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Anthony

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Anthony wrote: These are used to do extensive relatively

Sounds like Piston Manufacture to me ;-) We do a few, but not production. Standard VMC's suit fine. Your application may be different.
Wayne...
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wrote:

Have you written something like this off because of service? Or price?
http://www.dmgamerica.com/us,milling,dmu100pduoblock?opendocument
We don't do 5 axis stuff, just noting that DMG sells about 15 different solutions to 5 axis work, then there's the whole line that use a lathe spindle as one of the rotary axes, and a B axis milling head, and can be bar fed. I'm sure you're already well aware, you've mentioned your trials and tribulations with DMG.
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wrote:

Mori has some very new, very cool machines that are the lathe type B axis milling head with large tool changer, CAT40 high rpm spindle, etc. I don't mean to be nosy, but if this is a production piston manufacture like somebody mentioned, I would think a machine with turning capability and being bar-fed would be pretty cool. Don't mean to intrude though.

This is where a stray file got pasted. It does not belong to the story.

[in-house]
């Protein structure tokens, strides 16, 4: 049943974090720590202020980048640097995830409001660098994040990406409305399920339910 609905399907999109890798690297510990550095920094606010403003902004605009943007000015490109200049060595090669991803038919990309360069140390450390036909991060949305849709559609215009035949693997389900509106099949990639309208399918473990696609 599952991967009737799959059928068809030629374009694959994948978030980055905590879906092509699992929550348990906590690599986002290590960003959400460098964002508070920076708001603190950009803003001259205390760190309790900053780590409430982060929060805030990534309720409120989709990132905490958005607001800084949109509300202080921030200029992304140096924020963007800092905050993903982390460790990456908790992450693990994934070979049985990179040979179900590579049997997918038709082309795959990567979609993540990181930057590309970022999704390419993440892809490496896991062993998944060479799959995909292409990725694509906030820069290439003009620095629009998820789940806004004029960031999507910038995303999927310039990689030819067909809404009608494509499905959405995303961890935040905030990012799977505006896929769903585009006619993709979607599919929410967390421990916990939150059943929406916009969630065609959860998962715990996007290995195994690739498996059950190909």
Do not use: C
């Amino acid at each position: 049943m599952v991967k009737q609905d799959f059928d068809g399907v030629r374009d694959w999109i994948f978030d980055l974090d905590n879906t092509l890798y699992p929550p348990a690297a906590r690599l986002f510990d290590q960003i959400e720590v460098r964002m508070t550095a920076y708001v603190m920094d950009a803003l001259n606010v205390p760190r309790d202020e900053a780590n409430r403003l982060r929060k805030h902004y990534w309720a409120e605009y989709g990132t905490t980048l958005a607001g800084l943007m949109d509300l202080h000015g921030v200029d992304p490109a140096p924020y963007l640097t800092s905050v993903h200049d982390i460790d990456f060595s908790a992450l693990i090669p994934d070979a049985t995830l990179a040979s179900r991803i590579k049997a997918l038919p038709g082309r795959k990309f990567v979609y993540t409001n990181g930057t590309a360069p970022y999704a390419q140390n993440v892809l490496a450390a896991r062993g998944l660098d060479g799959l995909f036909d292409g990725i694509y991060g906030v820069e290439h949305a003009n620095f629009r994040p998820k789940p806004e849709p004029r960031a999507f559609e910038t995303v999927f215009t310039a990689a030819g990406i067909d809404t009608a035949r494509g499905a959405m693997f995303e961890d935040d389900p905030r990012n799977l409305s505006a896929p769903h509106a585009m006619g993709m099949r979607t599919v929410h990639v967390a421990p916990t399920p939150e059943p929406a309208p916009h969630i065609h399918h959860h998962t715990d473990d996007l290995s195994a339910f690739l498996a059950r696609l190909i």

We've been doing 90% milling on a live tool DMG lathe just for the purpose of being bar-fed for quite some time now. It does have lots of advantages.
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Service, mostly. We are still looking at them, but they have more than pissed in our cheerio's.

We already have that type of machine in use (Integrex). For this application, those type of machines just don't work very well. You really need a 5-axis mill. Bar-feeding is not even applicable.

We have some live-tool DMG lathe equipment in use. Won't do this job though.
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Anthony

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Anthony,
Can you give me a ball park on RPM and horsepower?
Also do you need full five axis, or will five face (Indexing on the rotary axes) do it for you? If five face is OK what would be the minimum index increment? 1 degree, 5 degree .001 degree?
Can you approximate a work envelope size?
Are you looking for HSK, CAT, or BT? What taper?
Have you considered a universal head type mill or does it need to be a trunion type?
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Dan

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Probably a min of 40 horse, 15k + rpm (It's aluminum, the more the better.)

There are several 3D contouring applications, true 5 axis is needed.